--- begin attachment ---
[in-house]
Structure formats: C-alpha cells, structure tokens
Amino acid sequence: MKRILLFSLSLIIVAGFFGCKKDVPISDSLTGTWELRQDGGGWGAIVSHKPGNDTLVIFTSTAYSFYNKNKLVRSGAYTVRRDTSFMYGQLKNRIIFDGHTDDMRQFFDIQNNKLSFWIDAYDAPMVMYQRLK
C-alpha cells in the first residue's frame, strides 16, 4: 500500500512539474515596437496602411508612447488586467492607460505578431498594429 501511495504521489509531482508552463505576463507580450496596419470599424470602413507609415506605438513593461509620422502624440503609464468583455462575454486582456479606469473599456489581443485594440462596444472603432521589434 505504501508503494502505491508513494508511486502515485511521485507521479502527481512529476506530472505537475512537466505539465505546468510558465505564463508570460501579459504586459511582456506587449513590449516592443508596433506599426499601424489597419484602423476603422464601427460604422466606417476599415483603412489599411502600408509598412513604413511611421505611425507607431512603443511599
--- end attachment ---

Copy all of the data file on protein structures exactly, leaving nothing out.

[in-house]
Structure formats: C-alpha cells, structure tokens
Amino acid sequence: MKRILLFSLSLIIVAGFFGCKKDVPISDSLTGTWELRQDGGGWGAIVSHKPGNDTLVIFTSTAYSFYNKNKLVRSGAYTVRRDTSFMYGQLKNRIIFDGHTDDMRQFFDIQNNKLSFWIDAYDAPMVMYQRLK
C-alpha cells in the first residue's frame, strides 16, 4: 500500500512539474515596437496602411508612447488586467492607460505578431498594429 501511495504521489509531482508552463505576463507580450496596419470599424470602413507609415506605438513593461509620422502624440503609464468583455462575454486582456479606469473599456489581443485594440462596444472603432521589434 505504501508503494502505491508513494508511486502515485511521485507521479502527481512529476506530472505537475512537466505539465505546468510558465505564463508570460501579459504586459511582456506587449513590449516592443508596433506599426499601424489597419484602423476603422464601427460604422466606417476599415483603412489599411502600408509598412513604413511611421505611425507607431512603443511599